If I didn’t know 100% of every dollar we raised went straight to Emory University HIV/AIDS vaccine research, I’d have felt guilty about the luxurious accommodations awaiting us at the Rock Eagle 4-H Center. Trust me. When throwing a sleeping bag on a 1” mat in a two-man tent 50-100 yards from the nearest bathroom is the norm, bunking on a mattress-topped steel bunk-bed in an air-conditioned cabin with indoor plumbing is sheer luxury! We turned in early and slept well.

Cyclists were motivated to get out of camp early knowing we had only 9.5 hours to finish the day’s 100 mile return to Atlanta. Oh, by the way, did I mention that 100 mile one-way journey was really 105? Regardless, you’ll remember it’s a ride, not a race. I can complete a century in 8 hours but who wants to rush with so many sights to see and people to meet? Still, no cyclist wants to be swept off the course before reaching the finish line. Did I mention headwinds?

First you decide your legs haven’t warmed up. Then you blame yourself for not doing more back-to-back training rides. Eventually, as you hunker down into your aerobars someone is brave enough to query, “Is it my imagination or are there headwinds from…” Seattle, I decide. The day had dawned quite cool. Again, not the anticipated high heat or humidity of impending thunderstorms but instead the weekend weather in this opposite corner of the country was very Seattle-like and while the gift was welcome, its delivery on a 25-35 mph gale from the direction we were headed was not. Cyclists immediately began opting for the shorter 80-mile route. Those stronger than I pushed past with clenched jaw and muttered curses.  Many bonked or simply chose to save their knees for another try rather than push on and though energy drained from bodies, enthusiasm for the joint effort remained high.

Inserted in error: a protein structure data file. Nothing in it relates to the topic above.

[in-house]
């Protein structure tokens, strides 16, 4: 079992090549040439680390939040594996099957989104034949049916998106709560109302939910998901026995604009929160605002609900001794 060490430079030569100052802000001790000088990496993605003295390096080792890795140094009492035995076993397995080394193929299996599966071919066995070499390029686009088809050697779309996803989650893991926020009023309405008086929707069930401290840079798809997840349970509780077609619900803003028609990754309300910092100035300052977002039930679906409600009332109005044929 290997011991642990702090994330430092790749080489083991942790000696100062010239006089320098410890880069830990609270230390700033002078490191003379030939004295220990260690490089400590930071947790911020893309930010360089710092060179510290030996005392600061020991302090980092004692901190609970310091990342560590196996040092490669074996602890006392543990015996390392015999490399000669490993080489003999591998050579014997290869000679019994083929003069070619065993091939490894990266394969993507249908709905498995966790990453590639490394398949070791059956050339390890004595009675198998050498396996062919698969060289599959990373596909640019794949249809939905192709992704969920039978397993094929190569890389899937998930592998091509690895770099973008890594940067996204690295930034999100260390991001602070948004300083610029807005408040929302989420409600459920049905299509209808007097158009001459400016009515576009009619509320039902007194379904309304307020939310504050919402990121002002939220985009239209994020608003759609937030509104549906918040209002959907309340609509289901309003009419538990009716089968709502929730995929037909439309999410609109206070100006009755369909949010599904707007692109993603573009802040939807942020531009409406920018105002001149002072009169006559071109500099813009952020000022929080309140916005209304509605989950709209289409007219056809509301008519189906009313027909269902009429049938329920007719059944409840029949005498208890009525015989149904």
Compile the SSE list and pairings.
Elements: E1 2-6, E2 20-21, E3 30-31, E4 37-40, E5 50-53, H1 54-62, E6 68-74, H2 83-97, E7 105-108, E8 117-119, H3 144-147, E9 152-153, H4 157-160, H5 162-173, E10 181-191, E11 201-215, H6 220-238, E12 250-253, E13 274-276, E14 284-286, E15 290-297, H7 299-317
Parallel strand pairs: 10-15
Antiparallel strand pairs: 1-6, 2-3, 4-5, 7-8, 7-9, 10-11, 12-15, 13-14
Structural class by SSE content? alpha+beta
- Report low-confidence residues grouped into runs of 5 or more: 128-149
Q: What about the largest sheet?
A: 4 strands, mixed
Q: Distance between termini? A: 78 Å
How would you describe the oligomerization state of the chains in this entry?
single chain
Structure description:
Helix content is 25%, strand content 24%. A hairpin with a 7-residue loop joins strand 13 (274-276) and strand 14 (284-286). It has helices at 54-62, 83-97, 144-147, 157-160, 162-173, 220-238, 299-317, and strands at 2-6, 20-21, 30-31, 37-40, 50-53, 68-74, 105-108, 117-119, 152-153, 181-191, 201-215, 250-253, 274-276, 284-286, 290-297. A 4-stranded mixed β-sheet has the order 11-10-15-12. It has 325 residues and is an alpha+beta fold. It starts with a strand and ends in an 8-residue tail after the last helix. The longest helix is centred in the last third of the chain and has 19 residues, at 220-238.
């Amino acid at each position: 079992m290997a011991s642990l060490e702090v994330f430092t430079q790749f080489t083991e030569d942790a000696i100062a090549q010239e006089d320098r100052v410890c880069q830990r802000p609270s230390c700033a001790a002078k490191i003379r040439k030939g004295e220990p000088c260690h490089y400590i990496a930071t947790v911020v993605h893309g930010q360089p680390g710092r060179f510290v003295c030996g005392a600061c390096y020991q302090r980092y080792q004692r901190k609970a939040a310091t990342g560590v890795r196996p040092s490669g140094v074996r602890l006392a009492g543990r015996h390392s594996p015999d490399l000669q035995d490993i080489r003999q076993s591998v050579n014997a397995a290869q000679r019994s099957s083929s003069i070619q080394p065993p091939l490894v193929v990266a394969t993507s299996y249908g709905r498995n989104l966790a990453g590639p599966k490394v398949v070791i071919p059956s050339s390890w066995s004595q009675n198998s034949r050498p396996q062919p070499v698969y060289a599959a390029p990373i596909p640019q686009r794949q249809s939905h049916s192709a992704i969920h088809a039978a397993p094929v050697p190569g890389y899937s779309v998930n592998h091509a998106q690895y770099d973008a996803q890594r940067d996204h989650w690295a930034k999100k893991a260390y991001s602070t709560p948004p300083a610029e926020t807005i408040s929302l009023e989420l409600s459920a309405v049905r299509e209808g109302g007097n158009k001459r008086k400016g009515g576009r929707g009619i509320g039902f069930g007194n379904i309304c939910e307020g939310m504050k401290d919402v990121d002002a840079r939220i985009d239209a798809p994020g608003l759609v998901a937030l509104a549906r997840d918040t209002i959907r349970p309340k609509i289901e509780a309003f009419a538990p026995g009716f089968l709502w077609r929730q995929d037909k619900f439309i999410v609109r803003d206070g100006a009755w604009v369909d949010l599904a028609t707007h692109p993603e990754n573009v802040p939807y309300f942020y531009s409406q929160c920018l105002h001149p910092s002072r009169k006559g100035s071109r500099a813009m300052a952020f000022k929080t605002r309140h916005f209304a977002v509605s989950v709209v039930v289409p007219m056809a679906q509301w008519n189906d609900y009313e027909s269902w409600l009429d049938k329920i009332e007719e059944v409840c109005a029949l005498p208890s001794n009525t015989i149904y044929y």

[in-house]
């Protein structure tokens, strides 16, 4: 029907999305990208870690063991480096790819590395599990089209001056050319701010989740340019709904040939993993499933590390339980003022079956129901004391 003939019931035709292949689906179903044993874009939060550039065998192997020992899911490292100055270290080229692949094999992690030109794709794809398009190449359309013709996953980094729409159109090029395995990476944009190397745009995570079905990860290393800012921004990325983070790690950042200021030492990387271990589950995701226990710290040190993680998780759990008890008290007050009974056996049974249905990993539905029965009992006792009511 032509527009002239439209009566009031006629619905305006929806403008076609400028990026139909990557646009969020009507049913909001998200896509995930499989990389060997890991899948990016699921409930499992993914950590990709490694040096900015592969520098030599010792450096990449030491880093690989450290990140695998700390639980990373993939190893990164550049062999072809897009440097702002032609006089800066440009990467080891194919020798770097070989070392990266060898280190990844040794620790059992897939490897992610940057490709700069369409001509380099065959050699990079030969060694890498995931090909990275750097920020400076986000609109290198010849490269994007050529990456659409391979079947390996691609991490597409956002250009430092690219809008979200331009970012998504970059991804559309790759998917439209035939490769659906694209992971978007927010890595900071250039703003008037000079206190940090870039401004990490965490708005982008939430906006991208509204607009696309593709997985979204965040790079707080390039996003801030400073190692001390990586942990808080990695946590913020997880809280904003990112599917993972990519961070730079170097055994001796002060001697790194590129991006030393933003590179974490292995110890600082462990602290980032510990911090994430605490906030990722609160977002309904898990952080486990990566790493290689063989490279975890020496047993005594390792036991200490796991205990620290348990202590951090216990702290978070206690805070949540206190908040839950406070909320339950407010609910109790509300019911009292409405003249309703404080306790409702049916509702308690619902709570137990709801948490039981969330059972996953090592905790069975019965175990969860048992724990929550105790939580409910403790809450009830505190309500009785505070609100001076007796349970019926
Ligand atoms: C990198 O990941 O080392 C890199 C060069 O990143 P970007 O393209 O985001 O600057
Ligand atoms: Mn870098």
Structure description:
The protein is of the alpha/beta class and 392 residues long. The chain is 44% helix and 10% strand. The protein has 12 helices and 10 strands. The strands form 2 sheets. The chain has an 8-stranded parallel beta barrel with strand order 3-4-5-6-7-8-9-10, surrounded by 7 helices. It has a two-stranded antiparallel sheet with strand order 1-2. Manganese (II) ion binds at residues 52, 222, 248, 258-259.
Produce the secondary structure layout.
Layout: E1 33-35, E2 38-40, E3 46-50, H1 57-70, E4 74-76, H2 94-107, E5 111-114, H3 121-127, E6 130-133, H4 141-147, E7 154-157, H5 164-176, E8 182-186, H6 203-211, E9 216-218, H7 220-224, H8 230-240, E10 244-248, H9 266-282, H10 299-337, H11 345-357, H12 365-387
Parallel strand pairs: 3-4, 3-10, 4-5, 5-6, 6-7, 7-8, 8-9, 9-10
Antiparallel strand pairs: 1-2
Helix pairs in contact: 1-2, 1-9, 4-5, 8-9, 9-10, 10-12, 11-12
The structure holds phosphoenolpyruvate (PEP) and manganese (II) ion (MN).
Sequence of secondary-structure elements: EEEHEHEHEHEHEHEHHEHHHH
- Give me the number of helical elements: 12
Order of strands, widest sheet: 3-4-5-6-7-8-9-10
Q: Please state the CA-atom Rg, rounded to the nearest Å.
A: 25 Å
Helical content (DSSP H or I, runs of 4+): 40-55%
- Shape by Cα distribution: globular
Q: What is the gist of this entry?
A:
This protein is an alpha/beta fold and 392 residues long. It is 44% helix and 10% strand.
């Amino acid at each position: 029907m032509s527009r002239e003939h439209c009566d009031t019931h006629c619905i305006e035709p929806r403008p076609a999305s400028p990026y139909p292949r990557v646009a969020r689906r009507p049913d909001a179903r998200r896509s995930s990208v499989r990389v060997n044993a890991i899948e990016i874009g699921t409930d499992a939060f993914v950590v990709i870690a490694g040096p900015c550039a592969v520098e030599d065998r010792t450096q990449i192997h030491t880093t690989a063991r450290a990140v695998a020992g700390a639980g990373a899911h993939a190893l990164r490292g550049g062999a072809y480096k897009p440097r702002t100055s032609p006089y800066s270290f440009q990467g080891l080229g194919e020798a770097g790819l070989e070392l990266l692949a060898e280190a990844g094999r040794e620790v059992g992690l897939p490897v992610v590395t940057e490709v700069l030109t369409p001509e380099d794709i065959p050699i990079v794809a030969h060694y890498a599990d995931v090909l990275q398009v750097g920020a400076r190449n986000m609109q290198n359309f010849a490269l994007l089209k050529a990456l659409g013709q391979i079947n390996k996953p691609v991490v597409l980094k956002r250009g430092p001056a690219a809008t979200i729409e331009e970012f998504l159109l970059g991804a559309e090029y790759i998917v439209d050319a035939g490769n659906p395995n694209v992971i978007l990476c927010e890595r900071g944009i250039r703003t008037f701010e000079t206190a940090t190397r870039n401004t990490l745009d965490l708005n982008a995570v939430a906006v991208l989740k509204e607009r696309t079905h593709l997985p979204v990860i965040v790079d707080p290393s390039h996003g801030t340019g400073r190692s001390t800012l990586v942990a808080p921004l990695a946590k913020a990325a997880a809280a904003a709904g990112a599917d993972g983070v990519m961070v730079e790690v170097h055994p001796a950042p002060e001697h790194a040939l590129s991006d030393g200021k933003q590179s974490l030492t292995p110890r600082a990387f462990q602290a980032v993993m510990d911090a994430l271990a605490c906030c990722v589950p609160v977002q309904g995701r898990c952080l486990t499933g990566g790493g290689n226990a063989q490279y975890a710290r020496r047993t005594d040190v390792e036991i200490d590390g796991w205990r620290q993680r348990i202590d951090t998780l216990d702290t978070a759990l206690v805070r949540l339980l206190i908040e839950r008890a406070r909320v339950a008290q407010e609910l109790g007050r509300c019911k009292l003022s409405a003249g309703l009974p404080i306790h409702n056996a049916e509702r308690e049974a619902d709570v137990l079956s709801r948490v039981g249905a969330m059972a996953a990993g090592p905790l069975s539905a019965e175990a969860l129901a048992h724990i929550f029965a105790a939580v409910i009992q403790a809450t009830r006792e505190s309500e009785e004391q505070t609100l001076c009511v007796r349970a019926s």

At 90 miles into the day, I was swept into a SAG vehicle and carried to the finish line. Shortly after, every cyclist silently lined the path at Decatur Square to silently pay tribute to the riderless bike representing all those lost to AIDS then climbed back on our own once more for the 2-mile finish at the Emory University School of Medicine.

You know it was all worthwhile when Emory Vaccine Center Director, Dr. Rafi Ahmed, and several of the top HIV/AIDS scientists in the world – Dr. Harriet Robinson, Dr. Rama Amara, Dr. Mark Mulligan – enthusiastically share how they turn every one of your dollars into $150 in larger grants they couldn’t hope to receive without the seed money this ride brings to the research required to apply for those big-money grants. It was evident this elite research team humbly acknowledges, supports and works side-by-side a couple hundred cyclists, volunteers and every individual donor doing their small part toward achieving a singular goal – ending AIDS.

Yesterday morning I rolled out of that twin bed in Turman Hall and immediately started packing my bike for the journey home. For insurance purposes, I always snap a picture before closing the lid and noticed Bret’s face staring back at me from the photo pinned to my CamelBak® as if to remind me once again that while ending AIDS might often feel like those invisible headwinds pressing against us, there are quite enough angels at our backs pushing us to the finish.

1 comment:

Anonymous said...

You did it again!! Made me cry here at work. I guess it's my fault i read your stuff here!! What a great ride you had! You are awesome as always!! I can't wait to see you on Saturday, Paula gets to come too. I hope the "Rapture" holds off for a day or two,but hey we would be together, that would be kind of fun!!! Have you heard about that yet, we were dicussing it here at work, they wanted to have a "Rapture party" and I said I was already going to one!! You stay safe my friend and rest up!!! Love you like a sister!!! Dunc